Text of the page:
Morale boost among British consumers

Julian Harris
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JANUARY is often considered the most depressing time of the year, yet a leading index of consumer morale has surprised economists by reaching a seven-month high during the opening weeks of 2012.

Softening inflation and lower energy prices could be behind Brits reporting a less negative evaluation of their economic wellbeing, according to GfK NOP, which conducts the research.

“The index is sometimes subject to non-economic influences, and the uplift may simply reflect a hangover from the Christmas feel-good factor,” added Nick Moon, managing director of the firm.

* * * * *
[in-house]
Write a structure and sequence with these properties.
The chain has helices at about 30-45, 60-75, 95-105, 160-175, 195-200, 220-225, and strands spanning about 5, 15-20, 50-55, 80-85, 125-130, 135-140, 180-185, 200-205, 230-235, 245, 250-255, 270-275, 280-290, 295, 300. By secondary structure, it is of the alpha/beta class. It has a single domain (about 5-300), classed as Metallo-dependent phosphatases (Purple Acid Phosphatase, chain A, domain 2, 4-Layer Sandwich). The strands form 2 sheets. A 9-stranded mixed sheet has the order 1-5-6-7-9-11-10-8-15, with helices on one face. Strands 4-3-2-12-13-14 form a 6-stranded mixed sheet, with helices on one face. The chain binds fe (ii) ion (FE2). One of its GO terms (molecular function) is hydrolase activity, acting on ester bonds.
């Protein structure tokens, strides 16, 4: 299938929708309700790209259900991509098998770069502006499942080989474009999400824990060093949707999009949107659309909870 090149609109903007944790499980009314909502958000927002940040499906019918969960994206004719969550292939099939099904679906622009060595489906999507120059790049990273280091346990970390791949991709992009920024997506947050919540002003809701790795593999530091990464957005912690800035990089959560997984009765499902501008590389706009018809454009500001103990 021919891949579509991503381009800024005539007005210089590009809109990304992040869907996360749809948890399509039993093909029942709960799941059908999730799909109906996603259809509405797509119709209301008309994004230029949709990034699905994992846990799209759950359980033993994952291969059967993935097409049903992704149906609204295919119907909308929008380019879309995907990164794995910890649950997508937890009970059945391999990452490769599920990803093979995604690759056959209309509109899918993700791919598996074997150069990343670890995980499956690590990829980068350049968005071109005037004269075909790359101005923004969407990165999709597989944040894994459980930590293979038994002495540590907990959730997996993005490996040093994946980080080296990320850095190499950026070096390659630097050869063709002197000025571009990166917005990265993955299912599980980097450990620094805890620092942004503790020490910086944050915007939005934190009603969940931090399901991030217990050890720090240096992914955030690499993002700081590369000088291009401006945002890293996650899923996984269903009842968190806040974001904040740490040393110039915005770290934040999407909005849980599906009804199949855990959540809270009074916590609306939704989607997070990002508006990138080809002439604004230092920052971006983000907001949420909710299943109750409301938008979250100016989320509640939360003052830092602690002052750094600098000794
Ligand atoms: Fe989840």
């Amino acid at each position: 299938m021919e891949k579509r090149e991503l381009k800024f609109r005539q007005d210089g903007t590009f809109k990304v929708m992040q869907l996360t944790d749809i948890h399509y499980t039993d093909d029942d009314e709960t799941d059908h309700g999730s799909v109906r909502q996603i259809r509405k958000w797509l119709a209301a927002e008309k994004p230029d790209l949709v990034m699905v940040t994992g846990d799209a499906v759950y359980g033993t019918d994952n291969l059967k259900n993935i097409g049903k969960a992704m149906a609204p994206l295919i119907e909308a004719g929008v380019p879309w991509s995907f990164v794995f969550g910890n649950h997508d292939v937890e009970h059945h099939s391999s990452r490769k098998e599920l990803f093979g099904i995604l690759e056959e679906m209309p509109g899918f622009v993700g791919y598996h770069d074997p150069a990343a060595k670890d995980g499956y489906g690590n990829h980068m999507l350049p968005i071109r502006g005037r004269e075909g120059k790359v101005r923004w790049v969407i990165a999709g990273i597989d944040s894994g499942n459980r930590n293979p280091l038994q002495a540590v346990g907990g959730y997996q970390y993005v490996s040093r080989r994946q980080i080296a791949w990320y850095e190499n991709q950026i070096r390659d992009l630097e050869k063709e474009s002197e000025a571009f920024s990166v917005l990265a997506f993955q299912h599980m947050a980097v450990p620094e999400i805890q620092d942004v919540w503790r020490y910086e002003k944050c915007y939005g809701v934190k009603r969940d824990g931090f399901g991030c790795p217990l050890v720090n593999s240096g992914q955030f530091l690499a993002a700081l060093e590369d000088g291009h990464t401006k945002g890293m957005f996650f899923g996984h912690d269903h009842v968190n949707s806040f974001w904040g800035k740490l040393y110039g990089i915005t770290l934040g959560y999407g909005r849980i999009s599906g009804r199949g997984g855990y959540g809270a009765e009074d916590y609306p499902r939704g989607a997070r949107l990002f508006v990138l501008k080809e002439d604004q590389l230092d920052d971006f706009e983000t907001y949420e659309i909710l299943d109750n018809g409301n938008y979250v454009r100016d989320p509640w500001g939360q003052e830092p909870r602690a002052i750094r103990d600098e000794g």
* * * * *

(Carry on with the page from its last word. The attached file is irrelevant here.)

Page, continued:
Despite the four-point uptick in the index, Moon warned that a similar boost was observed at the time of extra bank holidays and sunny weather surrounding the royal wedding last year – only for the index to sink back down in subsequent months.

The survey’s leading indicator remains deep in negative territory, coming in at -29 for January, up from -33 in December.

“Should February show another rise then we may be seeing signs that the gloom is dispelling,” Moon said. “Until then we should treat January’s findings as good, but certainly not great, news.”

Respondents were notably less pessimistic about economic prospects for the coming year, the survey showed. A sub-index measuring the “general economic situation over next 12 months” bounced back from December’s low of -41, coming in at a less severe -33.

And fewer consumers were found to be ruling out major purchases, as the sub-index for measuring this element improved to -22, from -31 last month.

All five sub-indices recorded by the survey increased on the month.